I’m at the Brookings Papers on Economic Activity conference and listening to a presentation from Michael Elsby, Bart Hobijn, and Aysegul Sahin that in my opinion is a bit of a blockbuster. They are looking at the reduction in the “labor share” of national income over the past 20-30 years and boring down into detail.
One thing that they find is that the headline decline in this indicator is actually a bit overstated due to technical issues with the treatment of self-employment income. About a third of the total decline, they think, can be attributed to miscalculation. The blockbuster finding, however, is that the remainder is very heavily concentrated in industries that are newly composed to import competition. In other words, the labor share of national income has fallen because many more industries are exposed to foreign competition in a way that’s systematically advantaged the owners of capital.
Now go to a rust belt town with this finding, and people are going to say: “That’s news?! What the heck is wrong with you economists?!?!”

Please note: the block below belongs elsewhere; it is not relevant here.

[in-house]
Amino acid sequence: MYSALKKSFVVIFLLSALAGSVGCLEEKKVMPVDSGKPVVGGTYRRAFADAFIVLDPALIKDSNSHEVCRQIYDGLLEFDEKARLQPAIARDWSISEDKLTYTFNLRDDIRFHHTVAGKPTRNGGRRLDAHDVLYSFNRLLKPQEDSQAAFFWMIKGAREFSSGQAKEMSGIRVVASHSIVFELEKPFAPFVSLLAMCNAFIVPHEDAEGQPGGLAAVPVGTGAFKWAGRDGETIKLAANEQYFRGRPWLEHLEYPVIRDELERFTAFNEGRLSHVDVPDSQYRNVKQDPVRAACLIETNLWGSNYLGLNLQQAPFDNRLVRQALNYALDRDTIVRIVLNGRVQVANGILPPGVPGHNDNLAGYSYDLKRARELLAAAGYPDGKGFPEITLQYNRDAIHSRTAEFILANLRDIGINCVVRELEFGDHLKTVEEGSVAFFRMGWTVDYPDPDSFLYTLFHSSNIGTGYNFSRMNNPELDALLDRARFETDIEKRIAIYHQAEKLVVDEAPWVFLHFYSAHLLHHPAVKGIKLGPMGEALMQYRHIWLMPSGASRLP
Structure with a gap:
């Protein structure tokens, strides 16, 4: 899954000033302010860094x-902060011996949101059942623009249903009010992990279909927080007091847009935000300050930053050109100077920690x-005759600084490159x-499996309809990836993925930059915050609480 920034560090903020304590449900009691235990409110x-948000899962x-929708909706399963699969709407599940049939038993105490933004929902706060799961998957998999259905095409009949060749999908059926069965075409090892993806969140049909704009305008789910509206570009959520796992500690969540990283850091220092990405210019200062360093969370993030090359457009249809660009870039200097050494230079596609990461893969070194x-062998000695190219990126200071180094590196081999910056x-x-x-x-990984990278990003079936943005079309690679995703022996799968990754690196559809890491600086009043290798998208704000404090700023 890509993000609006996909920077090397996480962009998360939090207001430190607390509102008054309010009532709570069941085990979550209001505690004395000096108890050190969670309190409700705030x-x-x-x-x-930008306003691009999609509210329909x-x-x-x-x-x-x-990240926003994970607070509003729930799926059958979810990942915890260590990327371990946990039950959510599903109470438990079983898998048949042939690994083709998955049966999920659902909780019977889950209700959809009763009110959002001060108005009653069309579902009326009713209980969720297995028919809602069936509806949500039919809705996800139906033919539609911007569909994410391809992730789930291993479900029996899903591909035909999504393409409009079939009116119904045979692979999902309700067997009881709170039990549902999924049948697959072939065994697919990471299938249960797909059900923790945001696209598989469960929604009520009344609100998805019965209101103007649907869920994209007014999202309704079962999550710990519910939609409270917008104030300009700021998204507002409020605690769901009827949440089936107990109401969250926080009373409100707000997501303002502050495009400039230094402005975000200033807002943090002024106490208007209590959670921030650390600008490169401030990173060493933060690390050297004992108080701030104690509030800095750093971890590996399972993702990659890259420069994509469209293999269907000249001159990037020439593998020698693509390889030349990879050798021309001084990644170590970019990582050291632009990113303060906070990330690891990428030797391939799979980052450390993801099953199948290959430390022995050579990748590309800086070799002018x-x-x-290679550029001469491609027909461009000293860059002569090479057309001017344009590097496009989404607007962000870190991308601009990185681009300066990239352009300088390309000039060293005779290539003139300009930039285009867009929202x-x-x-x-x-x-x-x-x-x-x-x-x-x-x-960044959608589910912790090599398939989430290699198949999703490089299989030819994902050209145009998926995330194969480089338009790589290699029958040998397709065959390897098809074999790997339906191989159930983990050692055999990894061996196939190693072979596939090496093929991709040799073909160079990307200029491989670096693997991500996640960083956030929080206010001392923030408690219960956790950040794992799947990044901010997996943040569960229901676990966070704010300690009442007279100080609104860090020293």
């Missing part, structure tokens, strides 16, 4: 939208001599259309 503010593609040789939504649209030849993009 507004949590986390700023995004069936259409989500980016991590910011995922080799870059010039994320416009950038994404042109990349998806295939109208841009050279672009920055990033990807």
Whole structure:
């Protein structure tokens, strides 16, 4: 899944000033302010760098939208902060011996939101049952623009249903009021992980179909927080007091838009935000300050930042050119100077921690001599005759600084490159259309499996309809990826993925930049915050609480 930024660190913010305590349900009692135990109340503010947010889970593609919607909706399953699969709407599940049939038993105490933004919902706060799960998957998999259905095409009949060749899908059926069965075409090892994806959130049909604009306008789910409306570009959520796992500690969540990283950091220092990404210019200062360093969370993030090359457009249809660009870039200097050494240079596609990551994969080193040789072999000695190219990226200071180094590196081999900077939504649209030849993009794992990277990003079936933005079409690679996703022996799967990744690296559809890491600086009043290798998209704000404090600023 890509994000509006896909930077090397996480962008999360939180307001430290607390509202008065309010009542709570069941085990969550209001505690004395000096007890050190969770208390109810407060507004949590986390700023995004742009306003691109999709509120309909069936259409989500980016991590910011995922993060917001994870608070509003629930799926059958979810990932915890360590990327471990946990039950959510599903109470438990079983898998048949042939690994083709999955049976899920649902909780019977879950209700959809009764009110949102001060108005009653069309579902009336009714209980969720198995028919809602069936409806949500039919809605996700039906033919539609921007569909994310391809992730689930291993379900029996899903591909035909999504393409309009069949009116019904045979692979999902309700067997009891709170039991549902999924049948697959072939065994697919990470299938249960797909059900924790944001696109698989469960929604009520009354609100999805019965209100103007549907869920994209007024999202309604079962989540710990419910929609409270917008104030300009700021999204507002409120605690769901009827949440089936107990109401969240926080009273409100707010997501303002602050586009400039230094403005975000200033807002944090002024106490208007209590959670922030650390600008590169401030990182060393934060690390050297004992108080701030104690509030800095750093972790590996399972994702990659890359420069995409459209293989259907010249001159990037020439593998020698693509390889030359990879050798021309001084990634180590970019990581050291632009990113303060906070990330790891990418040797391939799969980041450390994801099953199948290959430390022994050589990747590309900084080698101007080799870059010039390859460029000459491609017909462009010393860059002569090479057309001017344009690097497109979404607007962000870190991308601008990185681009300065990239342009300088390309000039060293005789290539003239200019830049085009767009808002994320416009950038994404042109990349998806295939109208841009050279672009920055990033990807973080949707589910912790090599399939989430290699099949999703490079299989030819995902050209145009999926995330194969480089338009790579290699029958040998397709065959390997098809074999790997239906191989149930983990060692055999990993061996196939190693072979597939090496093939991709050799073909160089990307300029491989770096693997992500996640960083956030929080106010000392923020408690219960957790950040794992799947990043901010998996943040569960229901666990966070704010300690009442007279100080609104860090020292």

But the fact is that it is news. Over time, the labor share of national income tended to be constant. And most economists took that stylized fact and put it into their models. That led them to assure people that whatever happened when the country became more open to foreign trade, a fall in the labor share of income couldn’t possibly be the result. Yes, some specific workers would lose out but workers on the whole wouldn’t. You would see concentrated losses and diffuse benefits. Elsby, Hobijn, and Sahin are saying that’s not what happened. The constant labor share was an empirical regularity, but not a law of nature. Joint policy changes in the United States and Asia were enough to substantially shift it and to meaningfully tilt the balance of power inside the American economy to owners of capital.